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Hearton Hotel is a mid-priced hotel in Kyoto is on a small side street in a very central location, surrounded by many attractions and the train station within rolling distance. Right outside of the entrance is a handicapped parking spot and once thru the automatic doors the check-in counter is on the left. The Hearton Hotel had no lowered check-in space for wheelchair users. Only one or two employees at the hotel could speak English but this was very limited at best. To the right of the check-in counter is a café that offers western-style entrées for breakfast and...

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Tyoko Inn in Kawasaki, Japan

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Tyoko Inn is a budget business hotel located all over Japan and in some cities multiple can be found.  I would definitely stay at a Tyoko Inn again. In Kawasaki, the Tyoko Inn was a little over a block away from the train station in a popular area for shopping and dining. Kawasaki is just over a bridge from Tokyo. Only one entrance into the hotel exists and has automatic doors that on occasion need to be opened with a push of a button. A handicapped parking spot is just outside this door. The check-in counter had a lowered...

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Keio Plaza in Tokyo, Japan

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The Keio Plaza Hotel is located in Tokyo region of Shinjuku near the train station. The lobby is impressive with marble floors and a large chandelier but was disappointed to find no lowered counter at the check-in counter. A little English is spoken at this hotel which made it easier to check-in. Right around the corner from the check-in counter are the elevators and a wheelchair accessible restroom. A number of restaurants are found on the lobby floor including one serving Italian and another traditional Japanese cuisine. There’s even an American café, coffee shop and a bakery to get morning...

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Rome, Italy Wheelchair Accessible Travel Tips

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When I found out my brother had decided to do a destination wedding in Switzerland, I was jazzed: a joyous excuse for a trip to Europe! One of the great things about Europe is that the continent is compact: once you’re there, it’s easy to sample numerous different cultures with minimal travel. The biggest challenge is choosing where to go and ensuring that you have enough time to devote to some of Europe’s treasures. For those of us who wheel, reliable and detailed information about a foreign locale can be inconsistent. While Europe does have accessibility laws, implementation of...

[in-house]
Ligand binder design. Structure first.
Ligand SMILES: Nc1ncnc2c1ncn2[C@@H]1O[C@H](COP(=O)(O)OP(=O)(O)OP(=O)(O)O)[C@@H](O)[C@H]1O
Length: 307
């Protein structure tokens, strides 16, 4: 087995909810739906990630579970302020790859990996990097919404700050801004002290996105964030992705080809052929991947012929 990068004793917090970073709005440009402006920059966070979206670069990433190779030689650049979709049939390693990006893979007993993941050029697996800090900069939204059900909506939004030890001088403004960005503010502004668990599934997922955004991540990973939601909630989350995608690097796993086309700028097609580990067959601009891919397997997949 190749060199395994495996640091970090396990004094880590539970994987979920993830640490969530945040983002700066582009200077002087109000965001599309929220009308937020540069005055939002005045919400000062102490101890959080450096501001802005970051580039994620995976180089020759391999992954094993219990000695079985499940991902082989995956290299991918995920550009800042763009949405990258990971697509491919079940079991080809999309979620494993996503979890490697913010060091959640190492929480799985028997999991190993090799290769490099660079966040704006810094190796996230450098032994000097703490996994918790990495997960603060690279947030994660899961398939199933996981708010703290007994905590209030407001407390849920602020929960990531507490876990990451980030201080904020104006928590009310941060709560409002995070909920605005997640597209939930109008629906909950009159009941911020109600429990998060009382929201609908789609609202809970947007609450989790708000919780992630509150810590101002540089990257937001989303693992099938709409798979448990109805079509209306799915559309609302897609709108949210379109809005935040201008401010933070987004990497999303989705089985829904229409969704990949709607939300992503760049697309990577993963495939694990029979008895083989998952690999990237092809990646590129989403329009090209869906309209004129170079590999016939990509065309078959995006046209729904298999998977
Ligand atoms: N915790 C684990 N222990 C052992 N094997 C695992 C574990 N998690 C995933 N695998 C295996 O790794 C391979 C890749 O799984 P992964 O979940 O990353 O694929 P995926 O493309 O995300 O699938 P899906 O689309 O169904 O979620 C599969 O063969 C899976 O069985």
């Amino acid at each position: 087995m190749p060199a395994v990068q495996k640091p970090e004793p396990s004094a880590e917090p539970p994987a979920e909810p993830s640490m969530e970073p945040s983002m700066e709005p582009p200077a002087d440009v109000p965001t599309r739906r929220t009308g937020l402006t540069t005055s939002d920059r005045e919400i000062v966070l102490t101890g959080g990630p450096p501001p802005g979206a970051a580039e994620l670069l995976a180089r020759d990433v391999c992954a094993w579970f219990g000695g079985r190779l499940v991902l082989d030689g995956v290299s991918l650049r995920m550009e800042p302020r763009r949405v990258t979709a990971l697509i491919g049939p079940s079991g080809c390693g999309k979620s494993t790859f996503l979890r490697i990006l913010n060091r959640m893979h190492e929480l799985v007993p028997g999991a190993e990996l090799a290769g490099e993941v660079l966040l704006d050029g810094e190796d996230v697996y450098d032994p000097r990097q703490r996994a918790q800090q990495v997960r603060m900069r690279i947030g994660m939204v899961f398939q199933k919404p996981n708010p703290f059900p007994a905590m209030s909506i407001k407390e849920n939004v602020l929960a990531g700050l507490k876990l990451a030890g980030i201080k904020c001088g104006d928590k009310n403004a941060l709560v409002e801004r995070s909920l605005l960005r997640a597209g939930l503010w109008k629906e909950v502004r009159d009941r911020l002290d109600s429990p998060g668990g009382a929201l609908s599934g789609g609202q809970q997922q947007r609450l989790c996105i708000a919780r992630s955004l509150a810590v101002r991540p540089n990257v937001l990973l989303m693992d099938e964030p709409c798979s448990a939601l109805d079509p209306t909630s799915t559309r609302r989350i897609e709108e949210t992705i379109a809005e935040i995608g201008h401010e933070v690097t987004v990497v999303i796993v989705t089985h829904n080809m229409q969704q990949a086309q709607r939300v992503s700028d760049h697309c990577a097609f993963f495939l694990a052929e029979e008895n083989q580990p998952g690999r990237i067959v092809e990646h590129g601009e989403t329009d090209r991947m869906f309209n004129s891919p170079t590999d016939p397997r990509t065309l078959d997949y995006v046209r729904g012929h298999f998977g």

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Overview: San Francisco, CA Access Travel Guide

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San Francisco may be one of the hilliest cities in the USA, but this doesn’t mean that it is not accessible for wheelchair travel. Power wheelchairs will have more freedom to explore the inner neighborhoods of San Francisco, but those using manual chairs may need to be pushed. There are, however, a few areas in San Francisco that are flat or relatively flat, which makes it easier for some to explore San Francisco. Otherwise, visitors can rely on multiple accessible public transportation options, like buses, to taxis, to light rails. Below you will find an overview with many links to...

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St. Louis, Missouri Tower Grove Neighborhood

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One of the best St. Louis neighborhoods to spend the day exploring is the Tower Grove area. Locals will divide this up into South Grand, Tower Grove Heights, the Missouri Botanical Gardens, and the Shaw neighborhoods, so don’t be confused in your excursion when you hear these references. This area is home to a fabulous park, a diverse range of restaurants, coffee shops, shopping and a glimpse at some gorgeous St. Louis architecture.  The entire area is very accessible despite its historic age and recently the South Grand strip underwent a renovation which improved sidewalk and parking accessibility. [Not...

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Maui, Hawaii: Wheelchair Accessible Guide to Paradise!